Pernille Tine Jensen

ePRO-based individual follow-up care for women treated for early breast cancer: impact on service use and workflows

Publikation: Bidrag til tidsskrift/Konferencebidrag i tidsskrift /Bidrag til avisTidsskriftartikelForskningpeer review

Standard

ePRO-based individual follow-up care for women treated for early breast cancer : impact on service use and workflows. / Riis, Cathrine Lundgaard; Stie, Mette; Bechmann, Troels; Jensen, Pernille Tine; Coulter, Angela; Möller, Sören; Steffensen, Karina Dahl.

I: Journal of Cancer Survivorship, 07.01.2021.

Publikation: Bidrag til tidsskrift/Konferencebidrag i tidsskrift /Bidrag til avisTidsskriftartikelForskningpeer review

Harvard

Riis, CL, Stie, M, Bechmann, T, Jensen, PT, Coulter, A, Möller, S & Steffensen, KD 2021, 'ePRO-based individual follow-up care for women treated for early breast cancer: impact on service use and workflows', Journal of Cancer Survivorship. https://doi.org/10.1007/s11764-020-00942-3

APA

Riis, C. L., Stie, M., Bechmann, T., Jensen, P. T., Coulter, A., Möller, S., & Steffensen, K. D. (2021). ePRO-based individual follow-up care for women treated for early breast cancer: impact on service use and workflows. Journal of Cancer Survivorship. https://doi.org/10.1007/s11764-020-00942-3

CBE

MLA

Vancouver

Author

Riis, Cathrine Lundgaard ; Stie, Mette ; Bechmann, Troels ; Jensen, Pernille Tine ; Coulter, Angela ; Möller, Sören ; Steffensen, Karina Dahl. / ePRO-based individual follow-up care for women treated for early breast cancer : impact on service use and workflows. I: Journal of Cancer Survivorship. 2021.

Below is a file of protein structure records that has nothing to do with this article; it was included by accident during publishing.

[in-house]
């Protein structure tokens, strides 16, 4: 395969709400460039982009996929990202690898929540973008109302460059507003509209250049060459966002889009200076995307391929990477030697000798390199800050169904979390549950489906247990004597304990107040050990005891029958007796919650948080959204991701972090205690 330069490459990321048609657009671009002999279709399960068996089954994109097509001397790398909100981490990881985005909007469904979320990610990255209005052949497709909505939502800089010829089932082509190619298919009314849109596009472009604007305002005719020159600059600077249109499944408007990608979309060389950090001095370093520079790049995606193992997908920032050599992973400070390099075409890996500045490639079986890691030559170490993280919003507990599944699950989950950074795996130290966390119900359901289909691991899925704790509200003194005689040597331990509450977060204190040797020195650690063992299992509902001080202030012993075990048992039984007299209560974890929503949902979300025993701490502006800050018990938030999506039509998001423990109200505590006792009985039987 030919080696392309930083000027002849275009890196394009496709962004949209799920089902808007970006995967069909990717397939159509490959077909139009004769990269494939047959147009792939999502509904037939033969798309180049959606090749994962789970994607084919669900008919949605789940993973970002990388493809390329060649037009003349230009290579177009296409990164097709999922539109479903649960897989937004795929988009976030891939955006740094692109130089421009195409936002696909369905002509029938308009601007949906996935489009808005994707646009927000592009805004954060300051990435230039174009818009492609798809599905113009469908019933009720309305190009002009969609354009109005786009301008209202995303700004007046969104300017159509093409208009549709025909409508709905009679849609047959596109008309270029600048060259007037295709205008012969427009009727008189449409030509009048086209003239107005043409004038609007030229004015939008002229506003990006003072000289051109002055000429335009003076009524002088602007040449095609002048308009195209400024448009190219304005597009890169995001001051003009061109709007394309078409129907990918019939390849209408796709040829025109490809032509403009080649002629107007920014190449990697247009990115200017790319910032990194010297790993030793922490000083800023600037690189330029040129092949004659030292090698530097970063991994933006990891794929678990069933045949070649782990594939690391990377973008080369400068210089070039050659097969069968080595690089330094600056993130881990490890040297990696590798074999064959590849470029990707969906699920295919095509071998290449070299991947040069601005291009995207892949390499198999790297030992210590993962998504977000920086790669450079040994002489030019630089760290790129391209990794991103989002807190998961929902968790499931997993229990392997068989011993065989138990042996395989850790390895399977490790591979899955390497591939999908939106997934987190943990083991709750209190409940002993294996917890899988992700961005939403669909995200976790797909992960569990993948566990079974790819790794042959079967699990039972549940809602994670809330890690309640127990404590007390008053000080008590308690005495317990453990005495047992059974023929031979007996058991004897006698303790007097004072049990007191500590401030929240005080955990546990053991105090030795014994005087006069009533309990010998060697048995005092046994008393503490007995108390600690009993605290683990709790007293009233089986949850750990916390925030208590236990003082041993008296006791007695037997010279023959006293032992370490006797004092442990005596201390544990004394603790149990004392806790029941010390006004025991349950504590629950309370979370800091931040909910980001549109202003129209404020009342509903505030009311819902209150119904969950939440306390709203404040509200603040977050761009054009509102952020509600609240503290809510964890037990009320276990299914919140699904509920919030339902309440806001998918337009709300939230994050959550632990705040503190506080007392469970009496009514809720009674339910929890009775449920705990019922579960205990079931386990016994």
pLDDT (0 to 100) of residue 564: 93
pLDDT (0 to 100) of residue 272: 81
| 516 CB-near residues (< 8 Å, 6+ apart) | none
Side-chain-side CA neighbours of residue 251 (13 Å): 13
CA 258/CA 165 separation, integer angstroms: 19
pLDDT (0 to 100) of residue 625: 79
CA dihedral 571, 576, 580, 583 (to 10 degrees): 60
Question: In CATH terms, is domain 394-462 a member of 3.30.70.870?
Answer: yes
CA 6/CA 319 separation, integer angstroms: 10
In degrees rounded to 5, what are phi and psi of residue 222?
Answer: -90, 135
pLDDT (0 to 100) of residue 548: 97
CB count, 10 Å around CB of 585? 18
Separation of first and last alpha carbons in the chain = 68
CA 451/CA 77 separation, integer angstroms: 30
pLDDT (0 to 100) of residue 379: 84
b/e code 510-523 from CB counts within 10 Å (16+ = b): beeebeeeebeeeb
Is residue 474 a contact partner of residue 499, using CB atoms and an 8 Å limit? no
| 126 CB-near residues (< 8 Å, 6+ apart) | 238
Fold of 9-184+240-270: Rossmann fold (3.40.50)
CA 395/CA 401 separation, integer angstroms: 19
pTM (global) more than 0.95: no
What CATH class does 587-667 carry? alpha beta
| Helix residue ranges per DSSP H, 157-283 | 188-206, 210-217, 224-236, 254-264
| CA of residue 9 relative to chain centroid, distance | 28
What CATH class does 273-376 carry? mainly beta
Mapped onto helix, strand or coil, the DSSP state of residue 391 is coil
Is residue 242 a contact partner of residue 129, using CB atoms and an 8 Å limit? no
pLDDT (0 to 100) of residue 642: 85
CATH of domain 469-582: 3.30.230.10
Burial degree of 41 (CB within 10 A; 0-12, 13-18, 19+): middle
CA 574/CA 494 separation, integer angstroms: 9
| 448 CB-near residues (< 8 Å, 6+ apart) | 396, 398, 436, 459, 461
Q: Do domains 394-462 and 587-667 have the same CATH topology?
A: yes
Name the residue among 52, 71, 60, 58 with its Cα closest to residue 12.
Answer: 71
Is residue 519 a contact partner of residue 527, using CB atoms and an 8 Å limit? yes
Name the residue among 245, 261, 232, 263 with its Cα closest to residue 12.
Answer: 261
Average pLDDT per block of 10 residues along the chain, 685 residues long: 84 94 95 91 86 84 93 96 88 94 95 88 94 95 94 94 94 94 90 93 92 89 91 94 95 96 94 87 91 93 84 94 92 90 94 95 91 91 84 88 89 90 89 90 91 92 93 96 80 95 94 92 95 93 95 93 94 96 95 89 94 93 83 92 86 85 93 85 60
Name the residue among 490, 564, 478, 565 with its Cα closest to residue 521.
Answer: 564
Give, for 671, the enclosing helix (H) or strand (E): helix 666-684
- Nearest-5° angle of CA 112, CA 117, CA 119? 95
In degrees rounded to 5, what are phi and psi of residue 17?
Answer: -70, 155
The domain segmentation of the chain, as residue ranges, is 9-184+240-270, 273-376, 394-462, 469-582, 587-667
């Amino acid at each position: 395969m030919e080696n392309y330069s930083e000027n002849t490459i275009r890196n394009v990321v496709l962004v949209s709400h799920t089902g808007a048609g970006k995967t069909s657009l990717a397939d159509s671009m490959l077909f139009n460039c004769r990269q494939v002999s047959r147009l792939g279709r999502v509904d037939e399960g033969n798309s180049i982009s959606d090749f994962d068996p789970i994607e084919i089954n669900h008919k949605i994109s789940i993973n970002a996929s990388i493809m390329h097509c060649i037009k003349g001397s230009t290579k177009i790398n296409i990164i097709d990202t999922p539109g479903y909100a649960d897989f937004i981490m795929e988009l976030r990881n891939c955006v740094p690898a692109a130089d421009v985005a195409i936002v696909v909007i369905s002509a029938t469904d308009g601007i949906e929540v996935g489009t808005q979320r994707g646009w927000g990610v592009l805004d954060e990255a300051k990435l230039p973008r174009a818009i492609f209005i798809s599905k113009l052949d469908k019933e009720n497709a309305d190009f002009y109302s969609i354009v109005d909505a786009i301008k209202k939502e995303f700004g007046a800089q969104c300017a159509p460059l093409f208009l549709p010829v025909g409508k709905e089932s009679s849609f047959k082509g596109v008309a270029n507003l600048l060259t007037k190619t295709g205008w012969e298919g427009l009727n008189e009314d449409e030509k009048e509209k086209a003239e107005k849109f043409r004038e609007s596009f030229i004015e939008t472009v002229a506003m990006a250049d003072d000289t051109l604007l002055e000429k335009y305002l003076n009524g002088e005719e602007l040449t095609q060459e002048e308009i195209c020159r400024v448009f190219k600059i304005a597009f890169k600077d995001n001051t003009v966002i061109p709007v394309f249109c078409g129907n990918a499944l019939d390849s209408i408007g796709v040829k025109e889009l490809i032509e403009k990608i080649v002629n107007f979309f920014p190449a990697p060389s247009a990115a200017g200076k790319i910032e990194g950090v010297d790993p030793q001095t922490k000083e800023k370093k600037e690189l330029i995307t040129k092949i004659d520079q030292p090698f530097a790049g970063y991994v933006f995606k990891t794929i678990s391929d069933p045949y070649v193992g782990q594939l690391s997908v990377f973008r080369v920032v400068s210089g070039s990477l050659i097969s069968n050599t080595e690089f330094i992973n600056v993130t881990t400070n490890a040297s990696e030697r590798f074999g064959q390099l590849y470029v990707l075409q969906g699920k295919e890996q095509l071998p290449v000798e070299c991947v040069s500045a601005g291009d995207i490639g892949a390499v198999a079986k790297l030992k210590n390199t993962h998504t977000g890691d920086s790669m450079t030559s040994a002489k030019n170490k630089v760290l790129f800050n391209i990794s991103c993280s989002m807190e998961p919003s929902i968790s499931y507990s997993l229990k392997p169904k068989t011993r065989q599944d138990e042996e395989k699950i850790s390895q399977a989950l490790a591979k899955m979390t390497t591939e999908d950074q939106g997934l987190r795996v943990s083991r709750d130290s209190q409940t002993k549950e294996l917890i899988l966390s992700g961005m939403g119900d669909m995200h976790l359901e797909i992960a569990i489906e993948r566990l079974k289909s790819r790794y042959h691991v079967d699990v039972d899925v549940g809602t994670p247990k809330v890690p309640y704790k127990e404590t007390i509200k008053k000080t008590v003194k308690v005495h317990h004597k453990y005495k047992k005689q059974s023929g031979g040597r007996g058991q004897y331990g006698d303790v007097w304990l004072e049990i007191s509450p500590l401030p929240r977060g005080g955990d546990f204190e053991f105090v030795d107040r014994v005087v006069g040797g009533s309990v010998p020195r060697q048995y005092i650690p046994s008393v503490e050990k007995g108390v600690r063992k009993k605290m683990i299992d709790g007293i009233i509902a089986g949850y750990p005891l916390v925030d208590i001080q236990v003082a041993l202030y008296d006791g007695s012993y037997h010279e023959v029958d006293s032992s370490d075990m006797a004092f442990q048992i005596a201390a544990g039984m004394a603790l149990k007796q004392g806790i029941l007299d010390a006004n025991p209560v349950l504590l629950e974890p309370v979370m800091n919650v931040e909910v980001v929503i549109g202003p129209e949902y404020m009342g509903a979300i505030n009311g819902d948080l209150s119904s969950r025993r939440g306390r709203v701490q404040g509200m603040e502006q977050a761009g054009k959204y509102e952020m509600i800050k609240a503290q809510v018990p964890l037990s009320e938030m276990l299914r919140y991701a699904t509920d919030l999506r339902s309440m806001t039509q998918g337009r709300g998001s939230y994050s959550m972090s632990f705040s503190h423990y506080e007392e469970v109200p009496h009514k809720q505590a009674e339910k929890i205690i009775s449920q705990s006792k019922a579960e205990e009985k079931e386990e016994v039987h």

Bibtex

@article{a386ed6b4d8d415385e5fa76a030e64e,
title = "ePRO-based individual follow-up care for women treated for early breast cancer: impact on service use and workflows",
abstract = "PURPOSE: The increasing population of breast cancer survivors highlights the need to (re)consider how we utilize available services for survivorship care in oncology clinics. Electronic Patient-Reported Outcomes (ePROs) can be used to identify patients' individual care needs and triage them to the right services. We examined the impact on service use, workflow and workload following the introduction of an ePRO-based individual follow-up (PIFU) for women treated for early breast cancer.METHODS: A multi-method approach was used. In a pilot randomized controlled trial, the use of consultations, telephone calls, and specialist referrals were systematically recorded. Comparison was done between PIFU and standard follow-up care (SFU). Focus group interviews with nurse navigators evaluated the impact on workflow and workload qualitatively.RESULTS: The 64 women randomized to attend SFU used a mean of 3.8 (95% CI: 3.5-4.1) planned consultations during the 2-year study period compared with a mean of 1.9 consultations (95% CI: 1.4-2.4) for the 60 women randomized to PIFU (P < 0.001). Urgent appointments were more frequent in SFU (mean of 0.47 vs 0.22 per patient, P = 0.03). No statistically significant differences were observed in the use of telephone calls and specialist referrals. The nurse navigators did not experience an increase in their workload, but implementation of PIFU may require a re-structured workflow.CONCLUSIONS: The ePRO-based individual follow-up could change organization of care and re-allocate services for those in need of it.IMPLICATIONS FOR CANCER SURVIVORS: ePRO-based individual follow-up could potentially ensure more time for those most in need of face-to-face care.",
author = "Riis, {Cathrine Lundgaard} and Mette Stie and Troels Bechmann and Jensen, {Pernille Tine} and Angela Coulter and S{\"o}ren M{\"o}ller and Steffensen, {Karina Dahl}",
year = "2021",
month = jan,
day = "7",
doi = "10.1007/s11764-020-00942-3",
language = "English",
journal = "Journal of Cancer Survivorship",
issn = "1932-2259",
publisher = "Springer New York LLC",

}

RIS

TY - JOUR